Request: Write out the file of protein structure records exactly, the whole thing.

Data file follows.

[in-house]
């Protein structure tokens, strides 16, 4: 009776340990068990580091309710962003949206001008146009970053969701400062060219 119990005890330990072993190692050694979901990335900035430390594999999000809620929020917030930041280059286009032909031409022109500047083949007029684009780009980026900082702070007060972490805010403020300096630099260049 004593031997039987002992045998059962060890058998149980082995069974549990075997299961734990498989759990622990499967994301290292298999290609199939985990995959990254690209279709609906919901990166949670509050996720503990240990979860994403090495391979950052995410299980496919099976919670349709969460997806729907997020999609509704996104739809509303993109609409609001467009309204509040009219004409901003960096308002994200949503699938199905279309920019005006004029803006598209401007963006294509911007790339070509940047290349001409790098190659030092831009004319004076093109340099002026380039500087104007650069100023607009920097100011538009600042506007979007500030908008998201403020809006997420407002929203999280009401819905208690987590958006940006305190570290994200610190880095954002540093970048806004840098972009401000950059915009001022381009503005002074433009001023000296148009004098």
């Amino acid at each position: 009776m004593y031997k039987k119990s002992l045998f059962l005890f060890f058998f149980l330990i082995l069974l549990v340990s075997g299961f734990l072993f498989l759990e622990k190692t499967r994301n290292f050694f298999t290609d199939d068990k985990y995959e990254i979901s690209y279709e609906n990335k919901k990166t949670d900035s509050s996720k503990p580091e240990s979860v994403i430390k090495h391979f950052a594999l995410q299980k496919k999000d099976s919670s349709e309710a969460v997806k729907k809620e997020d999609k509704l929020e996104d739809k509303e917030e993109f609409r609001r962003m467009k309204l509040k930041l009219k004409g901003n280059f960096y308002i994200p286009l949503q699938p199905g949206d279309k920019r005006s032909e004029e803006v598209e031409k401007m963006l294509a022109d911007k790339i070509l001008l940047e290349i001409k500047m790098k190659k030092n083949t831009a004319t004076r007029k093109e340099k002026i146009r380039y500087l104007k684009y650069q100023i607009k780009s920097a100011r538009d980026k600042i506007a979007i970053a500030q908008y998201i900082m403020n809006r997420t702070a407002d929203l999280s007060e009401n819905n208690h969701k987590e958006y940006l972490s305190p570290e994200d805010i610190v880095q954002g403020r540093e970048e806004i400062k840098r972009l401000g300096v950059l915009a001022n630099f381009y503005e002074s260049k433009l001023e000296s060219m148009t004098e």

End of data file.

[in-house]
């Protein structure tokens, strides 16, 4: 009776340990068990580091309710962003949206001008146009970053969701400062060219 119990005890330990072993190692050694979901990335900035430390594999999000809620929020917030930041280059286009032909031409022109500047083949007029684009780009980026900082702070007060972490805010403020300096630099260049 004593031997039987002992045998059962060890058998149980082995069974549990075997299961734990498989759990622990499967994301290292298999290609199939985990995959990254690209279709609906919901990166949670509050996720503990240990979860994403090495391979950052995410299980496919099976919670349709969460997806729907997020999609509704996104739809509303993109609409609001467009309204509040009219004409901003960096308002994200949503699938199905279309920019005006004029803006598209401007963006294509911007790339070509940047290349001409790098190659030092831009004319004076093109340099002026380039500087104007650069100023607009920097100011538009600042506007979007500030908008998201403020809006997420407002929203999280009401819905208690987590958006940006305190570290994200610190880095954002540093970048806004840098972009401000950059915009001022381009503005002074433009001023000296148009004098």
């Amino acid at each position: 009776m004593y031997k039987k119990s002992l045998f059962l005890f060890f058998f149980l330990i082995l069974l549990v340990s075997g299961f734990l072993f498989l759990e622990k190692t499967r994301n290292f050694f298999t290609d199939d068990k985990y995959e990254i979901s690209y279709e609906n990335k919901k990166t949670d900035s509050s996720k503990p580091e240990s979860v994403i430390k090495h391979f950052a594999l995410q299980k496919k999000d099976s919670s349709e309710a969460v997806k729907k809620e997020d999609k509704l929020e996104d739809k509303e917030e993109f609409r609001r962003m467009k309204l509040k930041l009219k004409g901003n280059f960096y308002i994200p286009l949503q699938p199905g949206d279309k920019r005006s032909e004029e803006v598209e031409k401007m963006l294509a022109d911007k790339i070509l001008l940047e290349i001409k500047m790098k190659k030092n083949t831009a004319t004076r007029k093109e340099k002026i146009r380039y500087l104007k684009y650069q100023i607009k780009s920097a100011r538009d980026k600042i506007a979007i970053a500030q908008y998201i900082m403020n809006r997420t702070a407002d929203l999280s007060e009401n819905n208690h969701k987590e958006y940006l972490s305190p570290e994200d805010i610190v880095q954002g403020r540093e970048e806004i400062k840098r972009l401000g300096v950059l915009a001022n630099f381009y503005e002074s260049k433009l001023e000296s060219m148009t004098e």